With national leadership urging schools to reopen this fall despite rising cases of COVID-19, classroom teachers are facing bewildering choices. Already undervalued, teachers are weighing the dangers of in-person instruction against the effectiveness of online learning, with little certainty about either. Students are isolated, parents are exhausted, school districts are scrambling to make responsible decisions, yet teachers themselves are being asked to carry most of this burden, risking their lives and their families’ lives to do their jobs. Even a superhero would be daunted. As we approach the start of the 2020 academic year, we asked U.S. K-12 teachers to tell us how they’re feeling and how they’re planning for the year ahead.
I teach high school history. Some people (like anyone who’s interacted with the average American voter) might say I have an important job. I used to agree, but once I learned the value the free market places on my salary, I began to think otherwise.
I love my job, but I am terrified of going back to a school building anytime soon. I get plenty nervous in “normal times.” Usually, I make it through the summer before I worry about returning. This year is obviously different. Has anyone else been having their “first day” nightmare starting in July and starring Trump’s unmarked federal agents, or is that just me?
In my circles, social media has helped foster solidarity among teachers. It feels crazy to go back to school in person while cases are surging in so many parts of the country; so many of our community members are at high risk. But too much time on social media also – and I can’t emphasize how dangerous this is — exposes me to different viewpoints. We all want to go back, but communities are divided not only politically, but also on how much risk they are willing to assume. Some parents seem ready to get their kids back to school just so they can put in a solid day’s work on Zoom. And I get it! I’ve been doling out Chex cereal bribes to my son since the beginning of this paragraph.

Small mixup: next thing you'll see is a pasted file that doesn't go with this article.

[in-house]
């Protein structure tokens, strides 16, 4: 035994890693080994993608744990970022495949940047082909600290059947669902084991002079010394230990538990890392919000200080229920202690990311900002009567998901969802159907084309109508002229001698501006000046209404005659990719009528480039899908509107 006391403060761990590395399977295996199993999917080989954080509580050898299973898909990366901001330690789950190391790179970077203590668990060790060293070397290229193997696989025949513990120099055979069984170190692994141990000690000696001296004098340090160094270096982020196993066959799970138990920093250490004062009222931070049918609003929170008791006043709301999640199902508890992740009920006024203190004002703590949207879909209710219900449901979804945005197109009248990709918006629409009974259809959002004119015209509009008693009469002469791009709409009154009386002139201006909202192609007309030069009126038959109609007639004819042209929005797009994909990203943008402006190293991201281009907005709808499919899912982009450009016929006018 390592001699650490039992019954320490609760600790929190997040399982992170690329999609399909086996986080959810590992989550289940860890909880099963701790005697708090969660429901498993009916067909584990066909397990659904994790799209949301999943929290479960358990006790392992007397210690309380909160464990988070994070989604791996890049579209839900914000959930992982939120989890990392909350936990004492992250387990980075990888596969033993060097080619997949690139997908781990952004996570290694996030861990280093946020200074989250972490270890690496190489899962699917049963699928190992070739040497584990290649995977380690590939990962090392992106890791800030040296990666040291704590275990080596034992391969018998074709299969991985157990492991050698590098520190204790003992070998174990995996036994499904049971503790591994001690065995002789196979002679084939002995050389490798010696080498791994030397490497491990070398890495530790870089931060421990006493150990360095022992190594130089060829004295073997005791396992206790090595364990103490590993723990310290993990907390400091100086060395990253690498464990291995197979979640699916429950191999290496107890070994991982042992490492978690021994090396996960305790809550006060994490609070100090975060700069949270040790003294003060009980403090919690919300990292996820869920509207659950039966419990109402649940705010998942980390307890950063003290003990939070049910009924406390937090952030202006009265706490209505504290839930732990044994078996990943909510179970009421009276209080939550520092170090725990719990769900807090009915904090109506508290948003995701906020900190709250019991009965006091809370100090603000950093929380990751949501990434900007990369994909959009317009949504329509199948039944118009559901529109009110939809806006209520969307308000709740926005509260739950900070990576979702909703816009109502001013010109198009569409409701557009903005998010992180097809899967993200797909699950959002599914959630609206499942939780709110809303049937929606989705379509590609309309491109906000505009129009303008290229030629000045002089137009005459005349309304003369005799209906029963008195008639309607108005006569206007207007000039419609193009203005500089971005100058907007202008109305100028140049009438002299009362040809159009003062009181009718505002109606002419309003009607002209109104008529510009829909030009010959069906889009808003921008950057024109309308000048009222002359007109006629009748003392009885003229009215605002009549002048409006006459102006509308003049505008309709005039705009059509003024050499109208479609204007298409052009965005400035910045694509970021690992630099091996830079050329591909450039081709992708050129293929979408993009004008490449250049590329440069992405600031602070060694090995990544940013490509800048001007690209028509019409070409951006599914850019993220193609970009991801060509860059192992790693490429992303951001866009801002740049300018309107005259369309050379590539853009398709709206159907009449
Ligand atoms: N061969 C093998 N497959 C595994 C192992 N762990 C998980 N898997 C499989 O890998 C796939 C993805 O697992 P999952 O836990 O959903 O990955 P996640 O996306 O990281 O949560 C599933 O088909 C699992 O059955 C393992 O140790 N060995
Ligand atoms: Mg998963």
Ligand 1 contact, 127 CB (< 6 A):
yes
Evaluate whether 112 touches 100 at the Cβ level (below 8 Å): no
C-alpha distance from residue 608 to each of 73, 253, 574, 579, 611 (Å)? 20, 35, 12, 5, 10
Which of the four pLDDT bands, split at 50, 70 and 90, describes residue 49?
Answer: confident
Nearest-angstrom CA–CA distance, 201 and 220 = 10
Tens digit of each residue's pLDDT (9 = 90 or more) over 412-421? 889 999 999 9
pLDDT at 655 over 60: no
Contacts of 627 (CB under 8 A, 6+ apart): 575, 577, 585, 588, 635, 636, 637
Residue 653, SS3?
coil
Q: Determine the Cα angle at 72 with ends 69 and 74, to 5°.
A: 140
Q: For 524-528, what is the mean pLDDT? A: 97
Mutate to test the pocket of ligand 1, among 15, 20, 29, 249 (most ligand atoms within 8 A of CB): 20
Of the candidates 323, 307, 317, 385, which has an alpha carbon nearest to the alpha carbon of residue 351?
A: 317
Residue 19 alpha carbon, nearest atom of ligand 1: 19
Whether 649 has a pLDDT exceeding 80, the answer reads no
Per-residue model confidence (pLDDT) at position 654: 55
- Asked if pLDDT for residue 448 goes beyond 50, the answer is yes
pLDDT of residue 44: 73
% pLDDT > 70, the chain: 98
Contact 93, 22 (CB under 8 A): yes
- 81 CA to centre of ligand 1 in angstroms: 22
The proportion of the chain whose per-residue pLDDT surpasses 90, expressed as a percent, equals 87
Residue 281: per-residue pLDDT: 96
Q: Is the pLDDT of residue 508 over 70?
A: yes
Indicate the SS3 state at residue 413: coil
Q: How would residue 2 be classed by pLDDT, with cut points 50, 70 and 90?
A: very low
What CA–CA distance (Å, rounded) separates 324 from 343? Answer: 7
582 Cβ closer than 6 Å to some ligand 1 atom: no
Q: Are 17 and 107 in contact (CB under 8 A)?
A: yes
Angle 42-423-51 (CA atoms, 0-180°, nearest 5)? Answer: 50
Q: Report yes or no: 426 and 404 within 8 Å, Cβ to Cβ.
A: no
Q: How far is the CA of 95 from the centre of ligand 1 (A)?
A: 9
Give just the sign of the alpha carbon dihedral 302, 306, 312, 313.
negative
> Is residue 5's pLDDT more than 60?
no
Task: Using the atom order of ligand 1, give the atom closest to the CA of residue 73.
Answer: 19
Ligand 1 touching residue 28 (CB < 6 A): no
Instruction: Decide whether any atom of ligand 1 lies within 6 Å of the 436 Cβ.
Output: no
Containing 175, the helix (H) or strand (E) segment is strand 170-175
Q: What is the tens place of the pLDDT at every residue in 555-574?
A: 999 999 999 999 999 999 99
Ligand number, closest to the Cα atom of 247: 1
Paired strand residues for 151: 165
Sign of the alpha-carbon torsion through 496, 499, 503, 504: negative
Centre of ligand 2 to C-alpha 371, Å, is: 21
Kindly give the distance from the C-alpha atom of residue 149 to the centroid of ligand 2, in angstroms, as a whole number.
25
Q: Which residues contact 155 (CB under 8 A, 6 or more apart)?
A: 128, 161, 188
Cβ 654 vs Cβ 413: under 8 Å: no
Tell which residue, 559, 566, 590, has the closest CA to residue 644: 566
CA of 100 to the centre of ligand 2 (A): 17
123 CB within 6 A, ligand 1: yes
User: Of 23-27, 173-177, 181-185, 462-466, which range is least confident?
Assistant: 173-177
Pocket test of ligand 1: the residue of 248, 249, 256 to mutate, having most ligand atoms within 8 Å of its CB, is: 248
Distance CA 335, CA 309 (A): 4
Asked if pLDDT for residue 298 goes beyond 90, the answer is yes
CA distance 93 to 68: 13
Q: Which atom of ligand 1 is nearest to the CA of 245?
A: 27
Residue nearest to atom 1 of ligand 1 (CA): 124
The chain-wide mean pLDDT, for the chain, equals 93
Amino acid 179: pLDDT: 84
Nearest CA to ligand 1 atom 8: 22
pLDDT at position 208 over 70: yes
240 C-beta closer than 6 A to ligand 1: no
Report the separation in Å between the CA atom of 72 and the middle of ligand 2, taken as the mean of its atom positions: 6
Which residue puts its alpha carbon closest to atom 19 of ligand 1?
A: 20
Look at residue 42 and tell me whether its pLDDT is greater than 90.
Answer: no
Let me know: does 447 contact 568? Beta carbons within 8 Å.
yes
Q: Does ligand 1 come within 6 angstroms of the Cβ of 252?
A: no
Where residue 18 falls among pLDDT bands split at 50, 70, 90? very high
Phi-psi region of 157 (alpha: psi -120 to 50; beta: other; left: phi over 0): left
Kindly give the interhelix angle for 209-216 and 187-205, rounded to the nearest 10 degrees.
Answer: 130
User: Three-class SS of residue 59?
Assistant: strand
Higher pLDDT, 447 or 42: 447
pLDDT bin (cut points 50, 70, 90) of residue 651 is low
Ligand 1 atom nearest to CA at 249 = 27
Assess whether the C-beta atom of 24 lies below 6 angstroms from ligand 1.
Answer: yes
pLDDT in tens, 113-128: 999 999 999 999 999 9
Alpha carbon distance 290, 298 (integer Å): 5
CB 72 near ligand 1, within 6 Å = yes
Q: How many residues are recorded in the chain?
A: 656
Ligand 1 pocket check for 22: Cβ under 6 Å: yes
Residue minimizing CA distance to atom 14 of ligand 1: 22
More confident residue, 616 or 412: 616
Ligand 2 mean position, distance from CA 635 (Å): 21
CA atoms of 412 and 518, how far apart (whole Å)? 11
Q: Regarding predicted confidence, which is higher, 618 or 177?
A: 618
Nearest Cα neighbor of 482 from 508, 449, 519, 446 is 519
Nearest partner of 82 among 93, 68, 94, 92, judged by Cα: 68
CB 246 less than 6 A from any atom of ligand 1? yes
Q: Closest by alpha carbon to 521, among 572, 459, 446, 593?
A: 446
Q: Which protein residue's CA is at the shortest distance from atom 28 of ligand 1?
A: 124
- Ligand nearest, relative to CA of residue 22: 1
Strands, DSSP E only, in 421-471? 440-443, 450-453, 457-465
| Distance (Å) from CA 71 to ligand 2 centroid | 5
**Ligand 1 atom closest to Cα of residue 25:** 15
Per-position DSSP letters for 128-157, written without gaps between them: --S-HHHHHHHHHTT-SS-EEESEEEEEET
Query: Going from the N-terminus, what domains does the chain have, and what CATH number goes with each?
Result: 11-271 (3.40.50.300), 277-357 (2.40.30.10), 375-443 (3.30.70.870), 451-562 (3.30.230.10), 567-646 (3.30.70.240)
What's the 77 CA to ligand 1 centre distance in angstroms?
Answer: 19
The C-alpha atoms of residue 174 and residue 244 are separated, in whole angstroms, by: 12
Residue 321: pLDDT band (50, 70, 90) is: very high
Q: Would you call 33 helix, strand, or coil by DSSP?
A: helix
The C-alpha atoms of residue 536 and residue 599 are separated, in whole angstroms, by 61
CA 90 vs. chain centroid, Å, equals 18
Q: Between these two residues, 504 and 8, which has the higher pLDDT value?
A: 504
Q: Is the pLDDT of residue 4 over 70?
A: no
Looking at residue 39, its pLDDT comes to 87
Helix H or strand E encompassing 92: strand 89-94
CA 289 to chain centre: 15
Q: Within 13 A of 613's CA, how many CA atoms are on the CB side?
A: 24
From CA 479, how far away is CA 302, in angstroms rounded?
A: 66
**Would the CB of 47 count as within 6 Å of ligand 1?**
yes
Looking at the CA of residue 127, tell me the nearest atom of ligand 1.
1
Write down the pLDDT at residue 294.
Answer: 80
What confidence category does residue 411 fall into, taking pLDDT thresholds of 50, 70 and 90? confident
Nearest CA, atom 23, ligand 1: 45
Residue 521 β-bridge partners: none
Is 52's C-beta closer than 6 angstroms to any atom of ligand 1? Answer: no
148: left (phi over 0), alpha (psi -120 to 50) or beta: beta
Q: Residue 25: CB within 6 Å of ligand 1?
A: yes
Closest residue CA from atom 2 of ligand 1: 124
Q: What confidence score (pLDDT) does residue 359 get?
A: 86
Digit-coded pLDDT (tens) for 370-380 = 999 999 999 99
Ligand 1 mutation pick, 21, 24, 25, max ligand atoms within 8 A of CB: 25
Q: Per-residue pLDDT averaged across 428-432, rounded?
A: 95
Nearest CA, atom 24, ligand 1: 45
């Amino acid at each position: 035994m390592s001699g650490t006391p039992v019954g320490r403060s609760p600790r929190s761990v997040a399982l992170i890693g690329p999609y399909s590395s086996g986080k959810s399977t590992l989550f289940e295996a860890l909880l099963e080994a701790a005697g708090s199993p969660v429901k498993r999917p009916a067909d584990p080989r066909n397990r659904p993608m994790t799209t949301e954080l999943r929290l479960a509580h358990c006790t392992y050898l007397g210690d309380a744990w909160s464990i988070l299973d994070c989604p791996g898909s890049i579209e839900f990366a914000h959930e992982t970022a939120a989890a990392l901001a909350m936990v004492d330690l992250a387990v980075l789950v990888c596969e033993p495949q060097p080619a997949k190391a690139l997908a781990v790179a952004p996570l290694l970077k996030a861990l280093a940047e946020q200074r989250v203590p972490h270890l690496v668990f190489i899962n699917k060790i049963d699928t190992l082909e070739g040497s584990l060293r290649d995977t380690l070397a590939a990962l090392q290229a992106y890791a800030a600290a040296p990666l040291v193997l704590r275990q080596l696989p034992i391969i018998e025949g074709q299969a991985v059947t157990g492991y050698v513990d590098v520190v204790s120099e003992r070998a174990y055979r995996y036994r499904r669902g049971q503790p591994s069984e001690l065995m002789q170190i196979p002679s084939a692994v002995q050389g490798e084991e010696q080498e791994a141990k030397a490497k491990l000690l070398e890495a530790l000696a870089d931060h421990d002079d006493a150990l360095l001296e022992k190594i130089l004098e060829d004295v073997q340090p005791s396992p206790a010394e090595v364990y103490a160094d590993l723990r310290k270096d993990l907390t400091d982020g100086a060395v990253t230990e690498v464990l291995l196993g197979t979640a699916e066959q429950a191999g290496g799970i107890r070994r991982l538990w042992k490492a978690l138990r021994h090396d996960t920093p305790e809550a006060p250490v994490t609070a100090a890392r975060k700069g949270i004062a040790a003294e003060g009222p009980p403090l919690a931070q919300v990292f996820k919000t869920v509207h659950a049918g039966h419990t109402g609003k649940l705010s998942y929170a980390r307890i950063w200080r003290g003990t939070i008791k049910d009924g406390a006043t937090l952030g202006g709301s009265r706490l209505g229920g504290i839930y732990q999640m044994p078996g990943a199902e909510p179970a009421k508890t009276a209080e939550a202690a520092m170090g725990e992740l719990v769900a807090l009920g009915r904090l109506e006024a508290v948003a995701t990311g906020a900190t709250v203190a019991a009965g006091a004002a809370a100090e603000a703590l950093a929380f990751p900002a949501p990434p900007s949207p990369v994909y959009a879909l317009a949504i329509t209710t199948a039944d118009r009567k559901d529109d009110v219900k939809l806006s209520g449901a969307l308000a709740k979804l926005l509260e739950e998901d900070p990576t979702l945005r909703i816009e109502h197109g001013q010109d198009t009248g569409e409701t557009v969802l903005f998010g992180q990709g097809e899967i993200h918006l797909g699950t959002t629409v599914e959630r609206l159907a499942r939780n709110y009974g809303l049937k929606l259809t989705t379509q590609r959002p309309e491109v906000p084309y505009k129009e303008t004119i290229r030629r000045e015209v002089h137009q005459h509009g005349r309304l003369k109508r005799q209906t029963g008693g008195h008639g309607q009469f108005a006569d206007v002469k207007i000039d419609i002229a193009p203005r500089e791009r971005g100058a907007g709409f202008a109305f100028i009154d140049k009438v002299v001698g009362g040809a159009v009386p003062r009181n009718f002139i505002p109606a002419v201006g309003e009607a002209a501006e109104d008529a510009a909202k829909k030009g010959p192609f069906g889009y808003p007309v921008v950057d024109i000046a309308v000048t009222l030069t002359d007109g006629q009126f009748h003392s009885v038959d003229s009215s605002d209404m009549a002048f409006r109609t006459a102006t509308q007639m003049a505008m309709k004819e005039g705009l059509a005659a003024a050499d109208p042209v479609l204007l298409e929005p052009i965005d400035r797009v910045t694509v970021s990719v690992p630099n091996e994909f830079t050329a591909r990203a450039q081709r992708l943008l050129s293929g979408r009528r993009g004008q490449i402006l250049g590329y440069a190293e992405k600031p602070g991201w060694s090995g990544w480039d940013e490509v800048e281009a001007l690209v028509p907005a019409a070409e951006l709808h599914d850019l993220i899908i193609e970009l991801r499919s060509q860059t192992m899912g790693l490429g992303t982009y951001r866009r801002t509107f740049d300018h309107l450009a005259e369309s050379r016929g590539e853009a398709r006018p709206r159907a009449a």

I already teach with an eye to my door, knowing my country doesn’t take gun violence seriously. School shootings have taught us that kids and teachers are expendable “heroes,” so why not treat this threat similarly? Safety is not a national priority unless it concerns rich, white people (or those gun-waving WASPs in St. Louis). I believe that good people in all levels of government think they’re working hard on contingency planning and in the best interests of kids. But when the people at the very top are so disconnected and disingenuous, it’s hard not to get disaffected. Remote teaching and learning is so far from what any of us want to be doing — do I have to say that, again? There’s no vaccine, and there’s still so much unknown about COVID-19. Health and safety should be paramount: we don’t have a choice but to stay home.
A year ago, I was diagnosed with Crohn’s, an inflammatory bowel disease. I am fortunate to have health insurance and to take medication that manages my symptoms. The medicine suppresses my immune system, so the pandemic has made me quite nervous, even more anxious than I already am about what our dog will do when he hears fireworks (hint: he will pant a lot and keep us up for hours at night, smelling his foul breath). I am worried about what happens if I get it, but also what happens if I can’t take care of my wife and son. I am extremely grateful that we can work from home and get groceries and other necessities delivered — by people who our society now calls “essential,” but the free market still calls “replaceable,” “contract workers.”
American history is a rich tapestry, and one of the main threads is the wide gap between our ideals and our practices. Since George Floyd’s murder, we’ve been going through a long-overdue reckoning: Are we willing to struggle with our past in order to allow Black people to receive justice? How can we set up an economy that works for everyone? And how can we make sure people who say “All Lives Matter” don’t get their feelings hurt? For far too long, well before COVID-19, we have devalued and left people behind. We need a government that can help us bridge the gap between what we preach and what we practice — one that starts by truly honoring the sanctity of Americans’ lives and contributions. As always, it’s up to us to create it.
Max Roberts, a Massachusetts native raised in Missouri, is a proud history teacher, writer, father, and husband. Currently pursuing a Master’s degree in history, he is grateful to all his teachers and students, past and present, for helping him understand how to learn and to teach.